BY JOHN-HENRY DOUCETTE
COURTHOUSE – The commission asked to recommend rules to govern so-called event houses will hold a series of public meetings in July to seek comment on a draft version of a resolution the group may send to the city council.
The meetings will be held beginning on Monday, July 18, culminating in a meeting at 7 p.m., Friday, July 22 at Sandbridge Community Chapel United Methodist Church. [A full list appears at the end of this story.]
Event homes, generally mansions rented out for special events such as weddings, have become an increasingly divisive issue in Sandbridge, where a number of the homes have been built and marketed for events in recent years.
The Sandbridge Beach Civic League on Monday, June 20, voted in support of disallowing any events in the community. However, there is disagreement about this position within the community, and the vote represents one voice in a wider issue involving the use of residential property throughout the city.
“Everything zoned residential will be impacted by it,” said City Councilmember Barbara Henley, who represents the Princess Anne District, during an interview on Tuesday, June 28. The district includes Sandbridge, but Henley said citizens throughout Virginia Beach should be aware the potential change the resolution represents.
“Everybody needs to understand what this does,” she said.
As it now stands, the draft would allow “limited rentals of homes for the purposes of having large events in residential neighborhoods, while preserving the predominantly residential character of the neighborhood.”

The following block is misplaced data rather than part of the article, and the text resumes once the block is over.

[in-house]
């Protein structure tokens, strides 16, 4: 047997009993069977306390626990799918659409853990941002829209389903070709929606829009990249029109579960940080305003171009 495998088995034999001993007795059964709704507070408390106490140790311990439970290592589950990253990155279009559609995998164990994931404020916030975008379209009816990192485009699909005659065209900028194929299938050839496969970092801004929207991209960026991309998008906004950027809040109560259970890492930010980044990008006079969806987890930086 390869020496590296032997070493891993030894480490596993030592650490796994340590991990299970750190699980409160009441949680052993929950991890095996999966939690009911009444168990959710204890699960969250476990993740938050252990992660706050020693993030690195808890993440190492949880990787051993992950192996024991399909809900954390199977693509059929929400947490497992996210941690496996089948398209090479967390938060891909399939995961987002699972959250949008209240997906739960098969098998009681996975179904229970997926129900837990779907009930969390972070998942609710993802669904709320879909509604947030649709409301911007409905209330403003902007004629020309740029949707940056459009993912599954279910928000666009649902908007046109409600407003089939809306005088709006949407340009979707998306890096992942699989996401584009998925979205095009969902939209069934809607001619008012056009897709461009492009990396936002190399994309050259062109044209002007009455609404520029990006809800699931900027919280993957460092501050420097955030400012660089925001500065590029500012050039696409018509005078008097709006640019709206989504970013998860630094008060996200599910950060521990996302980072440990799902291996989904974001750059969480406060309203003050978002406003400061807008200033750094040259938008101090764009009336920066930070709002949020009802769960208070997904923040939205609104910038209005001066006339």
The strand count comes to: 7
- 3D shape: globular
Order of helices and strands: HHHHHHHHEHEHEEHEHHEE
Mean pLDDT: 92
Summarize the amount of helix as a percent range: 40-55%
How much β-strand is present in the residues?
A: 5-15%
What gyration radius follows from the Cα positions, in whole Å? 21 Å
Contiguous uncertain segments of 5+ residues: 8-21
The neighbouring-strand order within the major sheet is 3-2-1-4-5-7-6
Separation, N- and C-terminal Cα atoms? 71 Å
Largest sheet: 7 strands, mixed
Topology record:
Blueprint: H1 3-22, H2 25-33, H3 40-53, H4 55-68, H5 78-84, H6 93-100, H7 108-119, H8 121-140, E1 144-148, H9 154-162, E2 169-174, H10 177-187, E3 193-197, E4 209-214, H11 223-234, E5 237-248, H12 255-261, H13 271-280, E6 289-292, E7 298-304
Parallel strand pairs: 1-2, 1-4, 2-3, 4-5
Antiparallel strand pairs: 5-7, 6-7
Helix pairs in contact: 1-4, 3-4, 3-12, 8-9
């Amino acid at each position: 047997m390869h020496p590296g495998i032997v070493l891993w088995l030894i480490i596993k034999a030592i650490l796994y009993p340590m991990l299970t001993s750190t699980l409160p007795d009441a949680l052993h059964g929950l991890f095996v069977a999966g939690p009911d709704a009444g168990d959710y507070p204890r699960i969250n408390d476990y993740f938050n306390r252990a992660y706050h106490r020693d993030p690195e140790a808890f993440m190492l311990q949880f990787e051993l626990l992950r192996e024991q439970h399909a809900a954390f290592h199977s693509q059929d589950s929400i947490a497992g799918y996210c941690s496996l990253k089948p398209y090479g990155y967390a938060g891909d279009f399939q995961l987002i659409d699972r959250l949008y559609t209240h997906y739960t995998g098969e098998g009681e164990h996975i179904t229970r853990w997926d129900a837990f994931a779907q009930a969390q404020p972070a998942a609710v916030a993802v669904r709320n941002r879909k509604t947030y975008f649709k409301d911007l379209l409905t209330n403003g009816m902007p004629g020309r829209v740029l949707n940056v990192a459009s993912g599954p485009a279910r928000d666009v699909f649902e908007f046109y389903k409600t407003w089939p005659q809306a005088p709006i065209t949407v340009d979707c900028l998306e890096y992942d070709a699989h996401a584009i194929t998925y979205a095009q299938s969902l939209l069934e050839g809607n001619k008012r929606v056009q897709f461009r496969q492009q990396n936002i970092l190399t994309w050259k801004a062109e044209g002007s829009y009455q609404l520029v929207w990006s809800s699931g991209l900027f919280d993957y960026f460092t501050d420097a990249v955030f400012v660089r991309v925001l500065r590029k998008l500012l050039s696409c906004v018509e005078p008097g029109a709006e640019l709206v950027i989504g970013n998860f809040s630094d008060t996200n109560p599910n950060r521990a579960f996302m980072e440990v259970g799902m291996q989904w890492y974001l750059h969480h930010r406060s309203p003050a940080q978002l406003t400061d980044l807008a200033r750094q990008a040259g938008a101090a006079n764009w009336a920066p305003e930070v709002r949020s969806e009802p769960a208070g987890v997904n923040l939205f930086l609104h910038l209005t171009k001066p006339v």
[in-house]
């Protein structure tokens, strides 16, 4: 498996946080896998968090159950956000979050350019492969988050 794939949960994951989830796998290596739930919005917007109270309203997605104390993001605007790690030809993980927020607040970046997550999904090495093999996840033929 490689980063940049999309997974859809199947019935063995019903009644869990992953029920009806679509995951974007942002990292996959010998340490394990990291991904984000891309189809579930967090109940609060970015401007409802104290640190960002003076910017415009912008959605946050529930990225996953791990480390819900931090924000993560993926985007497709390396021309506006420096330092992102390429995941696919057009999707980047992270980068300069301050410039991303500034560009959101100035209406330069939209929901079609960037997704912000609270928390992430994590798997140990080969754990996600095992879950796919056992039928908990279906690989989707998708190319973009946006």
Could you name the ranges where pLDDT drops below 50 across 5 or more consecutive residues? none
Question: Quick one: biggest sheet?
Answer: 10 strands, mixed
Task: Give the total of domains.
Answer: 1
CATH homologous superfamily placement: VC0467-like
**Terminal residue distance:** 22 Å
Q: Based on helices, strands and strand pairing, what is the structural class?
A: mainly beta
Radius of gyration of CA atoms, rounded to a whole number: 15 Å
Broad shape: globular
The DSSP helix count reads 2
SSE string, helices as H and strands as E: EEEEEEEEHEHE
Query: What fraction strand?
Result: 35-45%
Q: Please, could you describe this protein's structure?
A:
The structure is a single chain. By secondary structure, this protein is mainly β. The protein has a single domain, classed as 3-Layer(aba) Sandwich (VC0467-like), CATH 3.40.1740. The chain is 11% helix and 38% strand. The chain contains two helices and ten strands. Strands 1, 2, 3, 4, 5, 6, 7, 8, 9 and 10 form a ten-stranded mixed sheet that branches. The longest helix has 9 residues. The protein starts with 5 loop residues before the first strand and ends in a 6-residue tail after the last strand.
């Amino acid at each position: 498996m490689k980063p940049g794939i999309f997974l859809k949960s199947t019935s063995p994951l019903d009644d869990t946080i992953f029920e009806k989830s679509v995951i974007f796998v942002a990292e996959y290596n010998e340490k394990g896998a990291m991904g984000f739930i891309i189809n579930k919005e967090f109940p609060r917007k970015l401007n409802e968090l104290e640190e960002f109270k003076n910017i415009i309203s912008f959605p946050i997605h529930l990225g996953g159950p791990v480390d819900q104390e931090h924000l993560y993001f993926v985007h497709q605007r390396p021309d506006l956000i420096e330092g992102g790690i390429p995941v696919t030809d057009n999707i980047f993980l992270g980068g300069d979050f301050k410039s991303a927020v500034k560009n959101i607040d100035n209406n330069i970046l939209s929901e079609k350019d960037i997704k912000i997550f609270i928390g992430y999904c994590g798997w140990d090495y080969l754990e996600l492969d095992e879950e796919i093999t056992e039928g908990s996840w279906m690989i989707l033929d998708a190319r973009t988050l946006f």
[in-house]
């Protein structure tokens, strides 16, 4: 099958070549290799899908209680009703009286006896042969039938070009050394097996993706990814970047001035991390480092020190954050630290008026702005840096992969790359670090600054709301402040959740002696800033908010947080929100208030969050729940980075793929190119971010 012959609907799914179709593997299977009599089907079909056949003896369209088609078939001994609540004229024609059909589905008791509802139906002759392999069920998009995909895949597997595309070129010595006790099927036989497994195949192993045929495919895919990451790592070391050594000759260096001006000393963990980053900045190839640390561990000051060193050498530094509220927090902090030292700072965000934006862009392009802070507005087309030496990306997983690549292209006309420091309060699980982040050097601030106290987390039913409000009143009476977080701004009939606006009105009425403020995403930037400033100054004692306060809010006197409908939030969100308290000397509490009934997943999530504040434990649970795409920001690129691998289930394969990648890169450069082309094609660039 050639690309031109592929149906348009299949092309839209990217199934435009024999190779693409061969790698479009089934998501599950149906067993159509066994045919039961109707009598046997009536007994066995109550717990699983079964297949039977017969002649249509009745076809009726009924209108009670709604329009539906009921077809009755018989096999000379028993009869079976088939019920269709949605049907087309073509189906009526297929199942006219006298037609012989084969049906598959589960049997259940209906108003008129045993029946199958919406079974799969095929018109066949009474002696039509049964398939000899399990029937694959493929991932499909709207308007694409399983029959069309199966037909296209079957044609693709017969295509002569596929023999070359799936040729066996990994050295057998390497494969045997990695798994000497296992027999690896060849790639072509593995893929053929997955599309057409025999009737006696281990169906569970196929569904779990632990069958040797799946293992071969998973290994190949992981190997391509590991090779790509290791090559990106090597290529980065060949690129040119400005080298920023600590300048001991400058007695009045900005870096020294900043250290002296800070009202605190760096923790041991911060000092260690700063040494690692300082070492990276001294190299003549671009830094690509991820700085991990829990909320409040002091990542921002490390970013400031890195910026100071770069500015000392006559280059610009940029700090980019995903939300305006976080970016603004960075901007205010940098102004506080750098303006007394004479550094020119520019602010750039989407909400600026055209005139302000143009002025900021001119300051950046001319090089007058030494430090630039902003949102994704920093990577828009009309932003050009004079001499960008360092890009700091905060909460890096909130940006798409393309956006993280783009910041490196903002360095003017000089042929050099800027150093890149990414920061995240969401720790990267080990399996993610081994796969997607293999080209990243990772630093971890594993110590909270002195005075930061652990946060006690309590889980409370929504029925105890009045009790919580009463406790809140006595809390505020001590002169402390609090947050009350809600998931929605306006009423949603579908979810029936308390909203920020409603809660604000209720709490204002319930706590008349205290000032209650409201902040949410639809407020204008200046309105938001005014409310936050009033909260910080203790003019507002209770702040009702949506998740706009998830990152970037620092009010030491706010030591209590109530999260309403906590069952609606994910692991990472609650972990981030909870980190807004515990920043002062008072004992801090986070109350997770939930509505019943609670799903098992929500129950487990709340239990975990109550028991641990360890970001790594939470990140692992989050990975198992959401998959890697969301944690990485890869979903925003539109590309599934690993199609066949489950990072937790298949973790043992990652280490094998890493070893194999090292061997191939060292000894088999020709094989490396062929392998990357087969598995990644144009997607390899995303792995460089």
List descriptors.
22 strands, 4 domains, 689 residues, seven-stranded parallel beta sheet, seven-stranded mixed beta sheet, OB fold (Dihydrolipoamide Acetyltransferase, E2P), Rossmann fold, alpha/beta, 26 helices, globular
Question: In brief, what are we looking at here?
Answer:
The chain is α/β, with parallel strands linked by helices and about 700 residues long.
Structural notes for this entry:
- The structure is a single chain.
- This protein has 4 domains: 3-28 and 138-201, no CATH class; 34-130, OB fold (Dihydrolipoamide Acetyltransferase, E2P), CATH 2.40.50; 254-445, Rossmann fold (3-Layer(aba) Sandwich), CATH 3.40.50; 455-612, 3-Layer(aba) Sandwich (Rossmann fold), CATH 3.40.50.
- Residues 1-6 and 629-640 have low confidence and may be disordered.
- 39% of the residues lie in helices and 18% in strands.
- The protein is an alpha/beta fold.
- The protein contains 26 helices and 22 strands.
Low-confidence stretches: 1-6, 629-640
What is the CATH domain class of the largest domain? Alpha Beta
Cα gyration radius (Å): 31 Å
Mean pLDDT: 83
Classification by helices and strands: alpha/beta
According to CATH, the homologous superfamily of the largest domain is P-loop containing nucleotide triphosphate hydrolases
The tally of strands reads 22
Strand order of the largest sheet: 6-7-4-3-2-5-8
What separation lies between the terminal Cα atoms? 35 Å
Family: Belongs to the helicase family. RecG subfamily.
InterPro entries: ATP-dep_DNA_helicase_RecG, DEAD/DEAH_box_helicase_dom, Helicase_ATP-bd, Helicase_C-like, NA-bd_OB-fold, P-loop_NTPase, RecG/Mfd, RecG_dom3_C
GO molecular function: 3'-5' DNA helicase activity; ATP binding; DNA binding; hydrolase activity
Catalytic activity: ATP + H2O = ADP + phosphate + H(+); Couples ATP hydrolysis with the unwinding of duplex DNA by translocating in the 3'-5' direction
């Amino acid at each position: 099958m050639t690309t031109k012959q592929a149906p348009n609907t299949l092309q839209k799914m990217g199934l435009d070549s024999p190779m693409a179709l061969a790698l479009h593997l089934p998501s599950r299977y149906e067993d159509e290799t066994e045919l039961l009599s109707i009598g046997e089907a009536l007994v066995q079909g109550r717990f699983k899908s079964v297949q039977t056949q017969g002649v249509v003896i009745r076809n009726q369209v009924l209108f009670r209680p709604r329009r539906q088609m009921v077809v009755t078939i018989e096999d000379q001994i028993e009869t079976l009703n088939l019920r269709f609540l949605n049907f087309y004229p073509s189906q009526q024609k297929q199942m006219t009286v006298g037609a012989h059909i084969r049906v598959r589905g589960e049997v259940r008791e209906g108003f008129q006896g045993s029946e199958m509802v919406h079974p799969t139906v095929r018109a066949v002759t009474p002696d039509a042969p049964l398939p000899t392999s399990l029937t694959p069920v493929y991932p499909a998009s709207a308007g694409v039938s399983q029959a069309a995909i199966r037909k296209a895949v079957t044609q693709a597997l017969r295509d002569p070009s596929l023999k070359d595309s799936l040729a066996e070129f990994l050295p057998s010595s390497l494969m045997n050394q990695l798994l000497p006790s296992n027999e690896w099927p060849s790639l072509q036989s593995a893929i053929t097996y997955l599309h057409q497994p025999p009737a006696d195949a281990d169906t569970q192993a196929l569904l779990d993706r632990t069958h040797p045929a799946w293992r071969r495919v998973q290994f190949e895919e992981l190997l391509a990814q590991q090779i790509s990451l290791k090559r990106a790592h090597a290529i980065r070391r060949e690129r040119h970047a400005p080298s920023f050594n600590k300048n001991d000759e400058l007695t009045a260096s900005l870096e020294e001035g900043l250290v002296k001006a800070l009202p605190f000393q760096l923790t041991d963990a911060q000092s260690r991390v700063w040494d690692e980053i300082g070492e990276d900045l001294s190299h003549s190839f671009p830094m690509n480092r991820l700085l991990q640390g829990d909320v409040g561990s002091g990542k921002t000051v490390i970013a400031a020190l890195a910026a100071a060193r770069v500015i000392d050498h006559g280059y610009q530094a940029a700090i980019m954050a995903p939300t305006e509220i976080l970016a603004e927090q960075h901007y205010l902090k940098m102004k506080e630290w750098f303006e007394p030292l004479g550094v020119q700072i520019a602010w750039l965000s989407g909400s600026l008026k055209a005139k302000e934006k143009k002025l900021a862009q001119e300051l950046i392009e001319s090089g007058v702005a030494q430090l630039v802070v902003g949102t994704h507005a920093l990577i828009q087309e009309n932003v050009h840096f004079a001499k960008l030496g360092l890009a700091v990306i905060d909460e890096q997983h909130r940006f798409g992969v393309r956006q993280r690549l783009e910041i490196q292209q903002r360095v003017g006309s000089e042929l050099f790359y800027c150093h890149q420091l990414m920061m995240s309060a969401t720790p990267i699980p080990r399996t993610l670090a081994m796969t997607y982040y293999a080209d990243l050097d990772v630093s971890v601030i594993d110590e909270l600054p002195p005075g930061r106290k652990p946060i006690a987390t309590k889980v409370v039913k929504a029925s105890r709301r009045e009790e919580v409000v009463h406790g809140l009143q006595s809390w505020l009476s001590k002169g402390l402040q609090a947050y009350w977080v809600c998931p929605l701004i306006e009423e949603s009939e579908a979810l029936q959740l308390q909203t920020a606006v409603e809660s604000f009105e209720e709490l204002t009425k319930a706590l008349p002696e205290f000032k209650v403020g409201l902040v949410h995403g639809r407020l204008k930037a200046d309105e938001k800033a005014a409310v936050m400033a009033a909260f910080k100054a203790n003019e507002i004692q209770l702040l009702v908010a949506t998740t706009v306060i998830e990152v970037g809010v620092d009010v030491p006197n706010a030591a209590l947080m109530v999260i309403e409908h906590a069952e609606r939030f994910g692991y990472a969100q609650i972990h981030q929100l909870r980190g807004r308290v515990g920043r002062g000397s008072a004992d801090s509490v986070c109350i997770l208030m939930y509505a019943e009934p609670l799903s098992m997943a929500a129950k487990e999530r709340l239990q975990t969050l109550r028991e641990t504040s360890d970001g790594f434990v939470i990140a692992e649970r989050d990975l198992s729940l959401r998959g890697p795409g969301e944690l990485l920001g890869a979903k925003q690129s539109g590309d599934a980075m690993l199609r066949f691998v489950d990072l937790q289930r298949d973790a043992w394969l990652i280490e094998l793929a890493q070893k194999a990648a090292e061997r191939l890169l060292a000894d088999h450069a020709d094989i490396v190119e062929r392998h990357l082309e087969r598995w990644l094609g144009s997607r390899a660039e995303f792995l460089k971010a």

It would find that homes mainly used for events are commercial which means they are disruptive and incompatible with surrounding homes. The resolution seeks to minimize the impact of commercial uses of residential property within residential areas.
“Event functions” are defined as events such as weddings, receptions or other events at which there are more than 50 people, according to the draft.
The property in question is advertised or “held out” as a destination for gatherings.
A permit would be required for each event two months in advance, along with a $200 processing fee. Other requirements include defining how litter, parking and other issues will be handled and notification of neighbors. A point of contact responsible for compliance also would be needed – and would be on site during the event.
Violations of the requirements could result in a fine of $250 to $1,000.
A change to zoning code is needed to regulate rentals of houses for large events, according to an earlier draft written by city staff this past fall. It would not regulate normal family gatherings or parties at the family’s own home, officials said at the time.
The Sandbridge Beach Civic League in June 2015 appealed to the city council for help to solve a problem of “houses being rented for events, which are not compatible with a residential community,” according to a letter written then by Joan Davis, president of the civic league.
The initial city draft defined such short-term rentals as a commercial use and limited events to three per year, a remnant of an informal city policy enacted by the city’s former zoning administrator, Karen Lasley, before the city tackled the issue in earnest.
The current draft version would limit the number of events to two per year, and it would cap the number of attendees to 100 per event.
The meetings are each scheduled to last two hours on the following dates and at the following locations:
► 6 p.m., July 18, at the Virginia Aquarium & Marine Science Center, 717 General Booth Boulevard.
► 6 p.m., July 19, at the Wyndham Virginia Beach Oceanfront, 5700 Atlantic Avenue.
► 6 p.m., July 20, in the Sunset Room at the Virginia Beach Resort and Conference Center, 2800 Shore Drive
► 6 p.m., July 21, Meyera E. Oberndorf Central Library, 4100 block Virginia Beach Boulevard
► 7 p.m., July 22, Sandbridge Community Chapel United Methodist Church, 3041 Sandpiper Road
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